Journal: Sunday 17 October 1999
The ‘Lotus Boat’ was an ideal way to enjoy a short cruise on the Nile while visiting Dendera Temple at the same time, without the hassle of the convoy. We had an early start at 6.45am while the sun was still struggling to rise above the river mist. Everything was bathed in the pale dawn light and looked clean and fresh as though someone had spent the night sprinkling the riverbanks with dew. It was so relaxing to watch as we cruised past tiny villages with their primitive mud-brick houses, roofs thatched with reeds as they have been for thousands of years. Sometimes there would be a group of women by the water’s edge, washing clothes or scouring pots and pans, or perhaps an older man or group of boys taking the family buffalo for a drink and a bath. The river birds were amazing, swooping and diving for fish in the water and I especially loved the stately egrets with their pristine white feathers, often just sitting drifting on a passing clump of water hyacinth. Herons sat in the taller trees on the banks and occasionally I sighted a kingfisher flying above the water’s surface with a small fish in its mouth.
By late morning we had arrived in Qena and were escorted by a police launch to the dock where we disembarked to travel the short distance to Dendera temple by coach. The Temple of Hathor at Dendera was known as Tentyris during classical times, largely a Ptolemaic structure but the site spans many periods from Early Dynastic through to Christian. The building follows the fairly typical plan of other temples from the Graeco-Roman Period but it is among the most extensive and best preserved of these remaining temples. It is dedicated to the goddess Hathor and her mythology relating to her consort Horus of Edfu. We had an hour and a half in the temple, which is never long enough for me, but Jenny and I had a good overview of each part of the site.
We went first into the main temple with its imposing façade of massive Hathor-headed columns, repeated like a forest in the Hypostyle Hall. Although it is quite blackened in parts, the ceiling of the Hypostyle is interesting, divided into bands of well-preserved astronomical figures featuring the goddess Nut, vultures and winged sun-discs and the Roman signs of the zodiac. The walls are decorated with scenes of Roman emperors as pharaohs making offerings to Hathor. To the rear is a smaller Hypostyle which would have been the older part of the temple known as the ‘hall of appearances’ and where the statue of the goddess would first appear on her annual journey from the temple to meet with her consort Horus at Edfu for the annual festival. On the walls there are kings involved in ritual foundation ceremonies. This hall is surrounded by smaller storage chambers and on either side there are staircases leading up to the roof.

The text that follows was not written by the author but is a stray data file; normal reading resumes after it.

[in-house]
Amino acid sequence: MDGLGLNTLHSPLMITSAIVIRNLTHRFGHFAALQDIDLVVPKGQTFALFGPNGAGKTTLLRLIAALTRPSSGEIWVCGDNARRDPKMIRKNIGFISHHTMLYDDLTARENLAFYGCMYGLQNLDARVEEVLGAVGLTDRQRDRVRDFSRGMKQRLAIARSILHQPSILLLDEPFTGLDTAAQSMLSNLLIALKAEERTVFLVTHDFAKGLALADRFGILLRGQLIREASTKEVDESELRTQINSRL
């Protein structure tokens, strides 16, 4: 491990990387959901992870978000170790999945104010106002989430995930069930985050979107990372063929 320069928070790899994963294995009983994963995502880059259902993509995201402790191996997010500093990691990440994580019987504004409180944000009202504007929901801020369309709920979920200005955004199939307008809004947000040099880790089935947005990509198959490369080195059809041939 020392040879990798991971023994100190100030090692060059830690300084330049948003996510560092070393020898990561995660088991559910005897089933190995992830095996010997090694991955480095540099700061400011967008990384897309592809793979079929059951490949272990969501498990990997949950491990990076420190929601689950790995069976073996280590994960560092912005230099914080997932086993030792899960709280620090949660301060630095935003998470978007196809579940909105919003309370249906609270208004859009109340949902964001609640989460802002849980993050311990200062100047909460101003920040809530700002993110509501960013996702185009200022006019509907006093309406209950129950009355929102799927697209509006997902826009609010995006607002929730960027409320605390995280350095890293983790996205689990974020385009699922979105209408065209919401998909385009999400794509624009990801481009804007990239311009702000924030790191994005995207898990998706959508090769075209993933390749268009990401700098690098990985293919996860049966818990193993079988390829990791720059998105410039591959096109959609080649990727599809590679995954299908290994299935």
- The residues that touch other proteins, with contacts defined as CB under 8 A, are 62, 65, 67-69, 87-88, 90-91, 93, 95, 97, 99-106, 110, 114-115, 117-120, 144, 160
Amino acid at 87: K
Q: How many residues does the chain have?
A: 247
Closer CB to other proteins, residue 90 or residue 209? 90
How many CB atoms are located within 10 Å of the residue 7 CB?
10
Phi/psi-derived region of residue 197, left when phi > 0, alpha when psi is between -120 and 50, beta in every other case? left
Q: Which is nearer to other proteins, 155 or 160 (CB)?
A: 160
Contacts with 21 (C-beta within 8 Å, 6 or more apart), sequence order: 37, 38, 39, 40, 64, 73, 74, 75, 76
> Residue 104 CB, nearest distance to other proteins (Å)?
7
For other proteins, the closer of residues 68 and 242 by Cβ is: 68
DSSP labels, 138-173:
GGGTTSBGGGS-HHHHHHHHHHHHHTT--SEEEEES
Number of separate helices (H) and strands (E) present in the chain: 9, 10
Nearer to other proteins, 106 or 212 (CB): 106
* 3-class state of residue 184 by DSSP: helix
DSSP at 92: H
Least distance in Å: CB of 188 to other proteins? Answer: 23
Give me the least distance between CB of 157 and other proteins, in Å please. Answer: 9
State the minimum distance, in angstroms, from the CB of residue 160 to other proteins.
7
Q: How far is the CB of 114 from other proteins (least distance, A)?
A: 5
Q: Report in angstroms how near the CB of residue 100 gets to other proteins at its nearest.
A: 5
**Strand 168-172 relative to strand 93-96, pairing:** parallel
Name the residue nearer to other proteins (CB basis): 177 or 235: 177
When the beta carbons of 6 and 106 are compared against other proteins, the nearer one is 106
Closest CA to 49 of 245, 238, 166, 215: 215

The passageway around the sanctuary contains 11 side-chapels dedicated to various divinities and religious symbols. I especially wanted to look at a chamber directly behind the sanctuary which would have held a shrine with images and symbols of Hathor. High up in the wall of this chamber is a niche containing reliefs of Hathor and this point corresponds with a shrine of the ‘hearing ear’ on the outside of the temple, where prayers to the goddess would have been offered and perhaps where an oracle spoke. Jenny wanted to have a look in the underground crypt, the only one of fourteen which is still accessible and I agreed to go with her, although I remembered from my last visit the many bats who live there. The reliefs in the crypt are very interesting and represent many symbolic acts of religious rites. After looking in the small Hathor kiosk known as the ‘pure place’ with its beautiful Nut ceiling showing the birth cycle of the sun whose rays are shining down on Hathor, we climbed the dark western staircase up to the roof. There are some very special chambers on the roof where mysterious rites of Osiris took place, but we just didn’t have the time to linger, so after climbing up to the top level for a lovely view over the temple precinct, we went down the eastern staircase and back out into the sunshine.
Time was running out, so we walked along to the two birth-houses to look at the beautiful reliefs there. The oldest mamissi was built by Nectanebo I and celebrated the birth of the young god Ihy, the son of Hathor and Horus of Edfu. I wanted to look at a worn and shallow scene on the north wall which shows the creator god Khnum fashioning the child with Hekat the goddess of childbirth seen in her image of a frog. To the north, the more elaborate Roman mamissi was built by Augustus with later decoration by Trajan and Hadrian. The reliefs on the exterior walls are superbly preserved, and portray the divine birth and childhood of the infant Horus, celebrated in rites to legitimise the divine descent of the king. The little dwarf god Bes, one of my favourites, whose grotesque appearance was thought to ward off evil spirits at the moment of birth, is portrayed on the columns of a colonnade.
All too soon it was time to leave in our coach to go back to Qena and the Lotus Boat. We had a wonderful buffet lunch on the boat with everything we could possibly want to eat and more, while we began our journey back upriver towards Luxor. The afternoon cruise was just as relaxing as it was this morning and we watched the river, this time with the sun eventually setting over the West Bank. Jenny and I discussed the temple visit and wrote up our notes between taking pictures of the river banks and having afternoon tea (which seemed to arrive very shortly after lunch!). We arrived back in Luxor at 7.00pm after a really lovely day.